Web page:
Sunday, September 04, 2005

The Hobbesian Decade?

This is how David Brooks thinks historians will remember this decade. Moreover, he argues that it feels like the 1970s because of the lack of confidence and because of the loss of faith in institutions.

I find Brooks' piece a little apocalyptic and hysterical. It makes more sense to me to view the '90s as the anomaly for their unusual quiet. I'm all for a cyclical view of history (why should Francis Fukuyama's linear/progressive view go unchallenged?); but, despite high gas prices and the awful return of bell-bottoms, it doesn't feel anywhere near like the 1970s, as Brooks claims. New Orleans aside, American cities are in much better shape now and infinitely less Hobbesian (if by Hobbesian, one means Hobbes' state of nature rather than his order-imposing Leviathan) than they were thirty years ago by almost any measure.

Actually, the reaction to the government's slow-footedness has been heartening. Brooks is right in a sense: people aren't standing for disorder and government incompetence. We're not going to stand for Newark or Watts anymore. But this is not necessarily as bad as Brooks makes it sound. We've been used to better for a long time now; we've seen our cities rebound, and we're shocked when we see what's been going on in New Orleans. That's good; we should be shocked. And, it should also be noted, the government has responded to the outrage. Although it stumbled at first, it's looking more and more like it has recovered.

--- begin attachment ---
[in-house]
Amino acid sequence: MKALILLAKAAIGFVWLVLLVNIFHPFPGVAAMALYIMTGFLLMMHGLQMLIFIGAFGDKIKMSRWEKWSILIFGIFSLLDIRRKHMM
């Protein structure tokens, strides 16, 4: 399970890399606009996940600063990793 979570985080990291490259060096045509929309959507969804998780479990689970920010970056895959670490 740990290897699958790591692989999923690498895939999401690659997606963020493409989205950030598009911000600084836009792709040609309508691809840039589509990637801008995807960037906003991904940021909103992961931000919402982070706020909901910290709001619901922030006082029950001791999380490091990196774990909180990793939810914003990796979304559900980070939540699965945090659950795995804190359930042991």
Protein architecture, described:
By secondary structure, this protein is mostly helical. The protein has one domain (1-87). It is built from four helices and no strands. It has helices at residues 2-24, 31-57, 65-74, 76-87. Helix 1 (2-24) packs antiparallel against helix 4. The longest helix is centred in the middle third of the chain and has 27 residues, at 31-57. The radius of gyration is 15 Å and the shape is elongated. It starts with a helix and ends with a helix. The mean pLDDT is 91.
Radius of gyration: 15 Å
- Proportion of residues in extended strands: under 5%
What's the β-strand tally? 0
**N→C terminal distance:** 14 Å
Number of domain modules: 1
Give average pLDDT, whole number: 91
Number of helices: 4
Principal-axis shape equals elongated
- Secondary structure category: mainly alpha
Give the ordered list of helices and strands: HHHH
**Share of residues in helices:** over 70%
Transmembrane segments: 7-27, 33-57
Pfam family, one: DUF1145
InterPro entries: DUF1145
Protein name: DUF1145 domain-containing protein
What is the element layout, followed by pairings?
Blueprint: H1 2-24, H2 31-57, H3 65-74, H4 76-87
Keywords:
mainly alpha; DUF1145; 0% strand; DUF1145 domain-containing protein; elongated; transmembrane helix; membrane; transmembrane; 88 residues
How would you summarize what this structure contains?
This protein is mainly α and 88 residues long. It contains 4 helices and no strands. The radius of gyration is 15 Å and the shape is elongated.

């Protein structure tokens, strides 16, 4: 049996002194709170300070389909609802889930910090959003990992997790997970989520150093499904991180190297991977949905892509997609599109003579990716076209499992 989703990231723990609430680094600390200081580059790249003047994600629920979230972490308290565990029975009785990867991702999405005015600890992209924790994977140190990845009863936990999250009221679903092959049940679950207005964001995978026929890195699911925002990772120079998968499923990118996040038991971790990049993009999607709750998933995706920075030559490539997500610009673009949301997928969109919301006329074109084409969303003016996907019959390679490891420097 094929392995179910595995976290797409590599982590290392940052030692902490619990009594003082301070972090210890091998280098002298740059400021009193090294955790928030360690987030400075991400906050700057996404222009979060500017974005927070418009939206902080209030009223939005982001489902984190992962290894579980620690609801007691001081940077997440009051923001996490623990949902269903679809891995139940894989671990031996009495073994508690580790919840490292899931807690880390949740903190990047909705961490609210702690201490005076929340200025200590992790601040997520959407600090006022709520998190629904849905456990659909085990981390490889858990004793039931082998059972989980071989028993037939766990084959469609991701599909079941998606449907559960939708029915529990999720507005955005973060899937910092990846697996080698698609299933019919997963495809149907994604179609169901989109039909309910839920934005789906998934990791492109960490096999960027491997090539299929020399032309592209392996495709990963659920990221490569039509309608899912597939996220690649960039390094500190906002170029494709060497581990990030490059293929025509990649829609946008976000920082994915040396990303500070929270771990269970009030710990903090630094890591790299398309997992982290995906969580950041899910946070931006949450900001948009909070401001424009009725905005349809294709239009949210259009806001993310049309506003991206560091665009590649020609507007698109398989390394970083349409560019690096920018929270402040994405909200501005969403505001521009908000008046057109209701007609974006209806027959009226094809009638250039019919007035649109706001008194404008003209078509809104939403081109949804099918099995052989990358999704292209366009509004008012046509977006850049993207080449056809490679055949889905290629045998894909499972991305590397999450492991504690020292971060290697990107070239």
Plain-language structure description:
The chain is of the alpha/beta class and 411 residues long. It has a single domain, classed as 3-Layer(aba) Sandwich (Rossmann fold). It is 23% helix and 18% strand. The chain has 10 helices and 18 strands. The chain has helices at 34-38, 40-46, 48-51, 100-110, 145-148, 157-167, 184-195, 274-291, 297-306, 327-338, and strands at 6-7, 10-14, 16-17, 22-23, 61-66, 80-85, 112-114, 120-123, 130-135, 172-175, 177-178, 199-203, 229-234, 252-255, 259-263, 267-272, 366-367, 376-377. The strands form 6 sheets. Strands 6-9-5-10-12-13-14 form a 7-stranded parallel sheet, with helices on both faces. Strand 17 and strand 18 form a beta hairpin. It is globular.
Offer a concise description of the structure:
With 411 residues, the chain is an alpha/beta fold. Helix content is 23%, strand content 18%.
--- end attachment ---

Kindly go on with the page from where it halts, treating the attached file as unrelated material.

On a longer-term policy note, Rich Lowry hopes for a "grand right-left bargain that includes greater attention to out-of-wedlock births from the Left in exchange for the Right’s support for more urban spending (anything is worth addressing the problem of fatherlessness)." Lowry's not holding his breath for such a bargain, but, after this, you never know....


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